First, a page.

Brother Martin: Servant of Jesus (lost race film; 1942)

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Brothermartinservantofjesus poster.jpg

Film poster.

Status: Lost

Brother Martin: Servant of Jesus is a 1942 religious film written by, directed by, and starring Spencer Williams.[1] The film belongs to the race film genre, consisting of all-black casts that tailored to African-American interests of the time. It's also noteworthy for containing a version of the famous spiritual song "Nobody Knows the Troubles I've Seen."

Premise[edit | edit source]

Williams plays an uncle who discusses the life of Martin de Porres with his niece. de Porres was a late 16th-century Peruvian who was elevated to sainthood in 1962 by Pope John XXIII.[2]

Williams directed a series of religious films in the 1940s, this one came with the tagline: "The story of a Negro that loved God."

Availability[edit | edit source]

This is the only film by Williams considered lost. No film archives are known to hold a print, but a trailer is known to survive and has been seen by Judith Weisenfeld, author of Hollywood be Thy Name: African American Religion in American Film, 1929-1949.cShe references it shortly in the book, saying:

"The advertising trailer for Brother Martin gives little sense of the film's narrative, focusing instead on introducing the figure of Martin de Porres and the elements of his history that led to his beatification."[3]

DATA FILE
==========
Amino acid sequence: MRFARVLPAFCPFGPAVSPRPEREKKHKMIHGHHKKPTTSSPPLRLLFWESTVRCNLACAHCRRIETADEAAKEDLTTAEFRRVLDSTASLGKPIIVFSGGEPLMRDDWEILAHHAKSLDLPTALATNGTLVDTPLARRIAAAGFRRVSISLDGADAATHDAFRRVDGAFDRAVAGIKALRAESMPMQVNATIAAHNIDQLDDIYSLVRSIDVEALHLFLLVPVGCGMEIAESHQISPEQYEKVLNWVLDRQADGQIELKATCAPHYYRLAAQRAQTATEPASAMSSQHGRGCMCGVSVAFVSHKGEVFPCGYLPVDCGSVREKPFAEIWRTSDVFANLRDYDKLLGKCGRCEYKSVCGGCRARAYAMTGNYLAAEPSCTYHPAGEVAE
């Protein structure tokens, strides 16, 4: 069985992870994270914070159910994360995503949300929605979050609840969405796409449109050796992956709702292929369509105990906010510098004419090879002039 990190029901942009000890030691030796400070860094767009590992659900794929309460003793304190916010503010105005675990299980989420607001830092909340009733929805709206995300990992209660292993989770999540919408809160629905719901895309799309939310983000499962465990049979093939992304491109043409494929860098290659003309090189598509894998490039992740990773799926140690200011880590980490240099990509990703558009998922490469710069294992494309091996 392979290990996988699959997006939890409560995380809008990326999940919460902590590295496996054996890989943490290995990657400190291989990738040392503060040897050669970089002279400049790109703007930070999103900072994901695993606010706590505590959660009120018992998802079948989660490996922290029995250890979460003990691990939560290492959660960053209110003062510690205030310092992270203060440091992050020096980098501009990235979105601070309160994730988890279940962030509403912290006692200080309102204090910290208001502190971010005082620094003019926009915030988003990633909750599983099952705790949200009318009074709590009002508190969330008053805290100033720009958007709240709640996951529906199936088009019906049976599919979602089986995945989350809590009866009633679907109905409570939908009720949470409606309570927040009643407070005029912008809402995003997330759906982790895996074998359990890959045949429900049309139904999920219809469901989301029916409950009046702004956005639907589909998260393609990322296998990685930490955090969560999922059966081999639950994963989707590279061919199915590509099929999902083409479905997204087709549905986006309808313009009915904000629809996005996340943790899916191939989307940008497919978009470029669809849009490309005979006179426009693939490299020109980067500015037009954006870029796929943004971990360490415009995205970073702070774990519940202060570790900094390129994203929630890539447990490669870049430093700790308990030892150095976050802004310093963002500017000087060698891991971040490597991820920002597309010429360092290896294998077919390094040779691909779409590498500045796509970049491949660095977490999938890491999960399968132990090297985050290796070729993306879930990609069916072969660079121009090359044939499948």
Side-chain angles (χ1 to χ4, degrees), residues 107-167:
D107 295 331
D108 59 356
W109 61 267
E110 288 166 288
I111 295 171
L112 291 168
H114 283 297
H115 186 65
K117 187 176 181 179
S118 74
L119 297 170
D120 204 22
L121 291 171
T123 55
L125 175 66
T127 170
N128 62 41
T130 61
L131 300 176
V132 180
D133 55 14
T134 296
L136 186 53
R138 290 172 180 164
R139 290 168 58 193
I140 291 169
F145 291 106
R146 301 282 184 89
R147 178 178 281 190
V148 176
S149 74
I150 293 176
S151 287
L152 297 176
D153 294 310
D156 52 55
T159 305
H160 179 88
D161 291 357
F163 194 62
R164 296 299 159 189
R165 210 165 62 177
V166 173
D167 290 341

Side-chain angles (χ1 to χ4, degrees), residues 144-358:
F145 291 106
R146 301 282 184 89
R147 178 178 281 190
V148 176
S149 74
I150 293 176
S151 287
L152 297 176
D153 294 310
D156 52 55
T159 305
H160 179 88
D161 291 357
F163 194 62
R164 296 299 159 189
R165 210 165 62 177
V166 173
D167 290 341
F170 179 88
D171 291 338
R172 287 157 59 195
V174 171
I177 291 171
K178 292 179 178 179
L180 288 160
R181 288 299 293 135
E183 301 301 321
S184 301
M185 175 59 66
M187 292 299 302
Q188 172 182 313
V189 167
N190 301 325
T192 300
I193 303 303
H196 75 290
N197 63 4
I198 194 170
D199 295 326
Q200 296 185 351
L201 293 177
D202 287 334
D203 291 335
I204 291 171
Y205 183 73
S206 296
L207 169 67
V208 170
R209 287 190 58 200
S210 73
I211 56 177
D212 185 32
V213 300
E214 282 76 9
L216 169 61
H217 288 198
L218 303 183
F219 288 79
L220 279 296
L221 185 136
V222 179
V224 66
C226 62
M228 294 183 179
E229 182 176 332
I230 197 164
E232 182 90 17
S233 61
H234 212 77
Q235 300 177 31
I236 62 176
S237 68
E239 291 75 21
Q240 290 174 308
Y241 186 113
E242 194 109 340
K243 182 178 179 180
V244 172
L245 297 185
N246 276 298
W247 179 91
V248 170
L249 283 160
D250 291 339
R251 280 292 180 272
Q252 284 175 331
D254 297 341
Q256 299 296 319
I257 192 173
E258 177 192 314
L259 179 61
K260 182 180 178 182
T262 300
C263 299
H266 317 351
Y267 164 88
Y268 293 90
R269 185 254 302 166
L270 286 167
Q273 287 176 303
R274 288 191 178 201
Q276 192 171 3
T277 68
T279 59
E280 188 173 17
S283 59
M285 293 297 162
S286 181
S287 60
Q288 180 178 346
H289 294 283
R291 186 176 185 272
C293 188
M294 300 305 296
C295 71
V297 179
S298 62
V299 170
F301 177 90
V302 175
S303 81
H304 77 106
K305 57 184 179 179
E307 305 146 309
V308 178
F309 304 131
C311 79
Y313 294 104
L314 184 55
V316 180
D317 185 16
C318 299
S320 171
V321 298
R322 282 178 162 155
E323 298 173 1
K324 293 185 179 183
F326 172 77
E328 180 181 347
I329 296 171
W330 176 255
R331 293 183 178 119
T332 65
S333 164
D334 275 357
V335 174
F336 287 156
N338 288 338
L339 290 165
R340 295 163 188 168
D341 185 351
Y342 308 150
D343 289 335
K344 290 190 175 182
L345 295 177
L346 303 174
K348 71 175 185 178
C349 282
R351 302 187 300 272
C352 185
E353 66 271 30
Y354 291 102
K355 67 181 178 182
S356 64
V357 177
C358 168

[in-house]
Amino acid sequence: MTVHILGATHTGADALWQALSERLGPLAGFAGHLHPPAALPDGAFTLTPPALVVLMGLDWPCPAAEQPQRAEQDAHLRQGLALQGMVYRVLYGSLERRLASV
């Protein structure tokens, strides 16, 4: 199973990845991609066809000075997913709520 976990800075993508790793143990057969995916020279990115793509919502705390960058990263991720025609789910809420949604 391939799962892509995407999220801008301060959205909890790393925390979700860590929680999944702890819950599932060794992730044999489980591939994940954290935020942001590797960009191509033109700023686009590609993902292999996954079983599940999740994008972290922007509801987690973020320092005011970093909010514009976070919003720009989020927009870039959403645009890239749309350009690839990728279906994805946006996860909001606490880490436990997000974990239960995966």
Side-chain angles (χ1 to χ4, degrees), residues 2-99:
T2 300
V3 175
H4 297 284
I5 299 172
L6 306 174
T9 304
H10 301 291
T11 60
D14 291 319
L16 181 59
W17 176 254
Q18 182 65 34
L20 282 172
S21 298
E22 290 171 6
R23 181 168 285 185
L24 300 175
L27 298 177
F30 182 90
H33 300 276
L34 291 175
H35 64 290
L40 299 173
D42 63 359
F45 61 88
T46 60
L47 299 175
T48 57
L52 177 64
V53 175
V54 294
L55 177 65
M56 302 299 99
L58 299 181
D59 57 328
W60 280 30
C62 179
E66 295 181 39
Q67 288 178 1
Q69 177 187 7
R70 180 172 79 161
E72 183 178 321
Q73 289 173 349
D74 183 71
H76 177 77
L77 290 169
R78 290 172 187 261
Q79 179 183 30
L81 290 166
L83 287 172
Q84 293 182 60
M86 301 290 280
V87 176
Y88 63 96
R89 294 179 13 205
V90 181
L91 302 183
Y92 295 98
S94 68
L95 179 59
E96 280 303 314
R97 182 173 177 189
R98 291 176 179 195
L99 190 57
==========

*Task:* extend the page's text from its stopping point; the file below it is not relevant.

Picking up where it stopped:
On August 16th, 2022, the UCLA & Film Television Archives uploaded the film's trailer on their official YouTube account making it available to be watched online. The 3-minute and 53-second trailer reveals more details about the lost film, implying that the film's title refers to an Afro-Peruvian Dominican saint named Martin de Porres that lived in the 16th century, and that Williams, who plays "Uncle Jed" in the film, tells stories and narratives about said Saint Brother Martin. As of 2022, there are still no known copies of the film to have been found, and it is still considered lost.[4]

Gallery[edit | edit source]

Film's trailer; uploaded by the UCLA.


References[edit | edit source]